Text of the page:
Blogging is about immediacy and impulse, throwing it away, shouting outrage into tunnels and hoping angry mobs come stampeding out of them. Fiction is about writing it, loving it, rereading and hating it, revising it, then throwing it out and starting it over. I've tried to harness the energy of the blog for the purposes of fiction, having it out with my sadistic writer's group in blog format, also churning out rhapsodies of vocabulary enrichment. But I cannot write fiction and blog seriously. So today, when I will not write fiction, I will blog.
Saturday, August 4, 2007
Is the artist retreat a kind of harem? We laze around in luxury, preparing our offering of bliss for whomever is on the other side of the purdah. We know that not everyone's offering will be accepted, at least not all at once (barring a spectacular party), but by virtue of being in the group we feel chosen, and burdened. I am burdened by bug bites, including one itchy bleb on my right wrist from my trip to the pond last week when I crushed a mosquito just after penetration. He left something behind--maybe more than one thing. West Nile is in the area, I saw a headline.
Worse things than bugs can bite you--take this baby rattlesnake Kristen and I saw on our way up Snake Hill to the Thousand Acres. He might have been six inches long, thin as a child's pinkie, his black rattle more cirrate than segmented. He slithered away from us on our way up the hill and was waiting, coiled (but not rattling) on our way down. The babies are scary because they discharge all their venom--most adult bites, according to Lynn, are actually dry. Lynn also described shooting a snake clean in half and watching the snake continue to strike. Kristen almost stepped on this one. We also saw two screech owls.
Speaking of the wildlife (which is all I seem able to speak of after getting in trouble for my now expurgated New York blog with a person or persons who was/were unhappy to discover him- or her- or theirselves written about), I have been misidentifying mule deer as antelope. I figured this out after swimming in the lake with Jessica, when we pulled over to look at some truly bizarre looking animals and realized they were anteope--white underbellies and rear ends, faces that look like African tribal masks (don't tell me it's the other way around, I'm not that gullible). The confusion stem in part from the fact that there are two types of deer in this valley, white-tail and mule, and very few antelope compared to the fields along the highway, where they're common. The confusion also stems in part from the fact that I'm a clueless city boy.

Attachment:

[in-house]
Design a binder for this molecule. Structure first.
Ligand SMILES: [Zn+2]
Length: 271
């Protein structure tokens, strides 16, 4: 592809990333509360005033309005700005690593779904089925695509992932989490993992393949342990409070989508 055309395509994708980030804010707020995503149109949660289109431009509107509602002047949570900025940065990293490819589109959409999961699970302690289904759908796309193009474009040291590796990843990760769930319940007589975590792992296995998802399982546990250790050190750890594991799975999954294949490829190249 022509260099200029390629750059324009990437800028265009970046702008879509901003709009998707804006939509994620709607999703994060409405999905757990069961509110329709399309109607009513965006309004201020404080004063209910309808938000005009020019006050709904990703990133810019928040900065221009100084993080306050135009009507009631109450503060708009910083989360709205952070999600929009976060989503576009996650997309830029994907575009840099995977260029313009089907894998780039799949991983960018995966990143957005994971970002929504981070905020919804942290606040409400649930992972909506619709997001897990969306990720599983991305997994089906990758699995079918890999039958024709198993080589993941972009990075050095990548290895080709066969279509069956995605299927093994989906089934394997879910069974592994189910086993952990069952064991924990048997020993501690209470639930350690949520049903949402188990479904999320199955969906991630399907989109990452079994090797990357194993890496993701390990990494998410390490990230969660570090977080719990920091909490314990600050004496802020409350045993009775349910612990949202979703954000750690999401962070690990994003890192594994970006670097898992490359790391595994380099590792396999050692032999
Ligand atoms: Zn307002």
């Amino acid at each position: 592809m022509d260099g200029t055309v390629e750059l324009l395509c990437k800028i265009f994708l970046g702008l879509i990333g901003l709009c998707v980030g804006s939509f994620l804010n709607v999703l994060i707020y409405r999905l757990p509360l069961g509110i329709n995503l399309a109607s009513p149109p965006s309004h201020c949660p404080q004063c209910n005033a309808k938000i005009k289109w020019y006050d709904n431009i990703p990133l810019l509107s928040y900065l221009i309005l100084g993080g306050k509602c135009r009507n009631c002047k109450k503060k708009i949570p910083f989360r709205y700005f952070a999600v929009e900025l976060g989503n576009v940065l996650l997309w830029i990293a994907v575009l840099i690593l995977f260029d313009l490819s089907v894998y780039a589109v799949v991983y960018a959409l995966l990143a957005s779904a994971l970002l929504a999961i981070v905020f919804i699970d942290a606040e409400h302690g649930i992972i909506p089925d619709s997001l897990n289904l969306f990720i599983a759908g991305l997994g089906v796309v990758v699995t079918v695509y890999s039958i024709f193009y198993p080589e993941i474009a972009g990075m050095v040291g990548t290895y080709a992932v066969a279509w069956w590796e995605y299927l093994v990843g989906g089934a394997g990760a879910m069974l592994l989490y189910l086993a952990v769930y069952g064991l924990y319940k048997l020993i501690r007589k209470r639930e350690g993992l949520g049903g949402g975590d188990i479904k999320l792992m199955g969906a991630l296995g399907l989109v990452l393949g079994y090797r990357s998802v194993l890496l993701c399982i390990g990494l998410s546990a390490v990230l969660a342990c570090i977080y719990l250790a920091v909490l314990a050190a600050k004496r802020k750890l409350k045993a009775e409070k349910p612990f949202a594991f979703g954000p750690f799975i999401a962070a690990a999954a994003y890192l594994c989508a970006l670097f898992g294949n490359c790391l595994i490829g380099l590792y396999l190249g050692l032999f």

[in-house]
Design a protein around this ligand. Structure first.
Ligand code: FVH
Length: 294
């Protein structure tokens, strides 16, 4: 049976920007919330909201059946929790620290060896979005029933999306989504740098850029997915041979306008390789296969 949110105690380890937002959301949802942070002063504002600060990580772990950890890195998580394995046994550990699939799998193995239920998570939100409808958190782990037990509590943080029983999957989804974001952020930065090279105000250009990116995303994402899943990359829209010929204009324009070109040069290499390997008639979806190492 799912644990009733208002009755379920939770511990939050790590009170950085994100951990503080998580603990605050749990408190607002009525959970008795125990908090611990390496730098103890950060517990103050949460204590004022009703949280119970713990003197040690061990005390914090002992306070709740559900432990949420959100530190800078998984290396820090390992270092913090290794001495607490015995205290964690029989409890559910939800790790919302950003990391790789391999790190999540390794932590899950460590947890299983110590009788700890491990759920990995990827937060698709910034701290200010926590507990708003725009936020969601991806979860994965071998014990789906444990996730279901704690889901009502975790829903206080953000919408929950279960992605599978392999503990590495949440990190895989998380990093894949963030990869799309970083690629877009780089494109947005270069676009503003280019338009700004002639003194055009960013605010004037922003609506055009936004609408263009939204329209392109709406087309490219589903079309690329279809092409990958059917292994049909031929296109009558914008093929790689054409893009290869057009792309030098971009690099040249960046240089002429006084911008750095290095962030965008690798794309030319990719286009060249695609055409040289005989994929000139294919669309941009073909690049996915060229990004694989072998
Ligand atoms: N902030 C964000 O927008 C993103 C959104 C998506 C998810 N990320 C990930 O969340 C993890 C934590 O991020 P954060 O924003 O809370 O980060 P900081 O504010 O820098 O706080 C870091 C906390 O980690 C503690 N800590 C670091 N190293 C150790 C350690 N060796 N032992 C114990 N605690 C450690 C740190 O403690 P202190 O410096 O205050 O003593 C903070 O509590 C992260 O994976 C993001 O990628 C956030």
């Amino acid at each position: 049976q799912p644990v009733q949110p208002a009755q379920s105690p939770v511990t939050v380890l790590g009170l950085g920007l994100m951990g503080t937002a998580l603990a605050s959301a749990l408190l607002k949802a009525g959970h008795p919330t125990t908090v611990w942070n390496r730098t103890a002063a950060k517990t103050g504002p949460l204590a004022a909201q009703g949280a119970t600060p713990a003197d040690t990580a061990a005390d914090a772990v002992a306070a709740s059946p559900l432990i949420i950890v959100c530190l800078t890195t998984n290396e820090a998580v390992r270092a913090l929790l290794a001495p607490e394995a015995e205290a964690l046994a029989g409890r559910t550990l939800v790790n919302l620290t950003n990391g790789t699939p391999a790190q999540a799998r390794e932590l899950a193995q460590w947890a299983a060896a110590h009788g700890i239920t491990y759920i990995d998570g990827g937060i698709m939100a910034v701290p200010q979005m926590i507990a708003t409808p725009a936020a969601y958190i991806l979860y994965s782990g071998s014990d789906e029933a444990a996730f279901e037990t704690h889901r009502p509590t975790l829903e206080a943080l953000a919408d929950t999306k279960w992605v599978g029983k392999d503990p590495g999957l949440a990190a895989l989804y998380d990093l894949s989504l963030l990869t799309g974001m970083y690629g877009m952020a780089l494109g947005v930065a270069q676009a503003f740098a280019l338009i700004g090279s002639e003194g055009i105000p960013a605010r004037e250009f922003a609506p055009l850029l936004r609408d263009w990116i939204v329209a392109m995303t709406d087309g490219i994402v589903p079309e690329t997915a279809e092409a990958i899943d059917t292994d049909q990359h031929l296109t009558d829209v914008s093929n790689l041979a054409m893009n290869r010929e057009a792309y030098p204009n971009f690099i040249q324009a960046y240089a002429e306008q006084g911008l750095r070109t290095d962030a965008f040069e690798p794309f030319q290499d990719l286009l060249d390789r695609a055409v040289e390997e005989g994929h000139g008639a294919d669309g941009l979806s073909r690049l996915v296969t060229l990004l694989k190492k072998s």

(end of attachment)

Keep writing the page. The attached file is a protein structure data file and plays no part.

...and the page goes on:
Now I'm desperate to see that antelope herd again. Is there a jacklight that works for these exotic creatures? I was thinking of creating a little mojo hand out of found animal parts--a feather, a porcupine quill, a bone from that virtually intact bleached ribcage on the side of Highway 14. Probably a mule deer's.
I do know what horses look like and there are some beauties in this valley.
- Paul Festa’s first film, Apparition of the Eternal Church (2006, 51 min), captures the responses of 31 artists to the apocalyptic music of Olivier Messiaen (with Justin Bond, John Cameron Mitchell, Harold Bloom; screenings: Grace Cathedral, Barbican Centre, Library of Congress; “Remarkable”—The New Yorker; “Stunning”—Chicago Sun-Times; “Sublime”—Globe & Mail; numerous awards). Festa performs the Tchaikovsky violin concerto, opposite members of the San Francisco Ballet and The Cockettes, in his award-winning second film, The Glitter Emergency (2010, 20 min), a silent-film drag ballet comedy (“Enormous visual and musical inventiveness…full of pleasure and joy...Festa gives a bravura performance."—Film Threat). He produced, wrote and edited, with director Austin Forbord, and was chief archivist, for the Emmy-nominated documentary Stage Left: A Story of Theater in San Francisco (2010, 80 min: with Robin Williams, Bill Irwin, Peter Coyote; screenings: Geary Theater, KQED; “Intriguing...entertaining...a valuable record”—Variety). Performances as violinist and actor: ODC Theater, Center for Performance Research, Kunst-Stoff, TheatreFIRST, North Bay Shakespeare, Albert Fuller's Helicon Ensemble (Merkin Hall, Weill Hall at Carnegie Hall, Alice Tully Hall). US, Boston, NYC, SF, LA and DC (Coolidge Auditorium at the Library of Congress on the “Betts” Stradivarius) premieres of Messiaen’s Fantaisie for violin and piano. He is the author of OH MY GOD: Messiaen in the Ear of the Unbeliever, based on Apparition of the Eternal Church, and several anthologized essays, and has written for The Daily Beast, Salon, Nerve, and The New York Times Book Review. Current projects include a novel and Tie It Into My Hand (2014, ca. 80 min), a documentary feature that has screened as a work in progress at the Cannes film market and at ODC Theater in San Francisco (with Alan Cumming, Gary Graffman, Peter Coyote, Mink Stole, Robert Pinsky; "A fascinating exploration of the artistic life, as rollickingly entertaining as it is insightful and stirring."—San Francisco Bay Guardian). Education: Yale (B.A.; prizes, honors, distinction), Juilliard (Cert., Adv. Cert., scholarships). Residencies: Yaddo, MacDowell, ODC Theater, Centre des Récollets.